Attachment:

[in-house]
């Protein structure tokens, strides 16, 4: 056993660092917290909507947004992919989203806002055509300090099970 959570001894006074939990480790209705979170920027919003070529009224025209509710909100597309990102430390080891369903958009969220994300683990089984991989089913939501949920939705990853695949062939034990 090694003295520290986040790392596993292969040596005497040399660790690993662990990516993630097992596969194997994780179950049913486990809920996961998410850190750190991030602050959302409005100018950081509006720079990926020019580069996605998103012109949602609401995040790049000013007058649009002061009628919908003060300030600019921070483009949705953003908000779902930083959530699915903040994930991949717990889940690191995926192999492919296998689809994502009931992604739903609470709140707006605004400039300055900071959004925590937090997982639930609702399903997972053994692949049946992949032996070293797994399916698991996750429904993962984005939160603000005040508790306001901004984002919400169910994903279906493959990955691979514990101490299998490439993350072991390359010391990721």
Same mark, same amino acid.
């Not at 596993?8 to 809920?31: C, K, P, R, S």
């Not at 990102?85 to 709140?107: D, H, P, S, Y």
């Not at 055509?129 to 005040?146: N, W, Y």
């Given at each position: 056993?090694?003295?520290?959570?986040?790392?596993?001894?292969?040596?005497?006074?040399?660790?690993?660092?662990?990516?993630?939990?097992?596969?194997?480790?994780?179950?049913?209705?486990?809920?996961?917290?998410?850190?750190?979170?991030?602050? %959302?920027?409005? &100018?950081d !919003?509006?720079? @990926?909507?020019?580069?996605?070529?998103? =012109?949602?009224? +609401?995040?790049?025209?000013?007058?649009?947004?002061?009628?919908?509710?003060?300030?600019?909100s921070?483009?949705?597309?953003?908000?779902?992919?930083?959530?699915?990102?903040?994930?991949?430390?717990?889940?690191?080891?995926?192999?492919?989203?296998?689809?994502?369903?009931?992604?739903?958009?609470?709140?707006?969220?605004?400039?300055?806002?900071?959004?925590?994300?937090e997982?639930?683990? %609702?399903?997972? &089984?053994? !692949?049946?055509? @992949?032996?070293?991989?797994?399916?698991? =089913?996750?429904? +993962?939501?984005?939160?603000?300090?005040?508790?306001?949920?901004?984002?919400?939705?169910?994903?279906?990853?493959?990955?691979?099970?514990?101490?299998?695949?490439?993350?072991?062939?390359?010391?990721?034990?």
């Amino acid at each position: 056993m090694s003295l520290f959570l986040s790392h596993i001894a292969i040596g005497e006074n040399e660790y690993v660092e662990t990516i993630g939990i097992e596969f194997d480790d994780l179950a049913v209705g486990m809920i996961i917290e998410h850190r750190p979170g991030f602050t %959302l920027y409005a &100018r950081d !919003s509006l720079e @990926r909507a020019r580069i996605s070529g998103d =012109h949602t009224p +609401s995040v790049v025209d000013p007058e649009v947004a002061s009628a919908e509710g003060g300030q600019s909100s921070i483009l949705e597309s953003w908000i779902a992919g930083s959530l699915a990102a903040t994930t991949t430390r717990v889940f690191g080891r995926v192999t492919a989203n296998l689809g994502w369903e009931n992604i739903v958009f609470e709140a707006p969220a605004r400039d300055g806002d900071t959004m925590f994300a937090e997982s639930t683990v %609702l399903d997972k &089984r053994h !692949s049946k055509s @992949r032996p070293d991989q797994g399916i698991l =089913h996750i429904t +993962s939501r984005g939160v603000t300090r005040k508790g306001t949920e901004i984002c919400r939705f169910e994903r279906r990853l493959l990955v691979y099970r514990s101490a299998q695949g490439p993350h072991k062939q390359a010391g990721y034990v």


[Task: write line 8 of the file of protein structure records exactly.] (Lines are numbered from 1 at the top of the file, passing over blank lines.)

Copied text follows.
């Amino acid at each position: 056993m090694s003295l520290f959570l986040s790392h596993i001894a292969i040596g005497e006074n040399e660790y690993v660092e662990t990516i993630g939990i097992e596969f194997d480790d994780l179950a049913v209705g486990m809920i996961i917290e998410h850190r750190p979170g991030f602050t %959302l920027y409005a &100018r950081d !919003s509006l720079e @990926r909507a020019r580069i996605s070529g998103d =012109h949602t009224p +609401s995040v790049v025209d000013p007058e649009v947004a002061s009628a919908e509710g003060g300030q600019s909100s921070i483009l949705e597309s953003w908000i779902a992919g930083s959530l699915a990102a903040t994930t991949t430390r717990v889940f690191g080891r995926v192999t492919a989203n296998l689809g994502w369903e009931n992604i739903v958009f609470e709140a707006p969220a605004r400039d300055g806002d900071t959004m925590f994300a937090e997982s639930t683990v %609702l399903d997972k &089984r053994h !692949s049946k055509s @992949r032996p070293d991989q797994g399916i698991l =089913h996750i429904t +993962s939501r984005g939160v603000t300090r005040k508790g306001t949920e901004i984002c919400r939705f169910e994903r279906r990853l493959l990955v691979y099970r514990s101490a299998q695949g490439p993350h072991k062939q390359a010391g990721y034990v």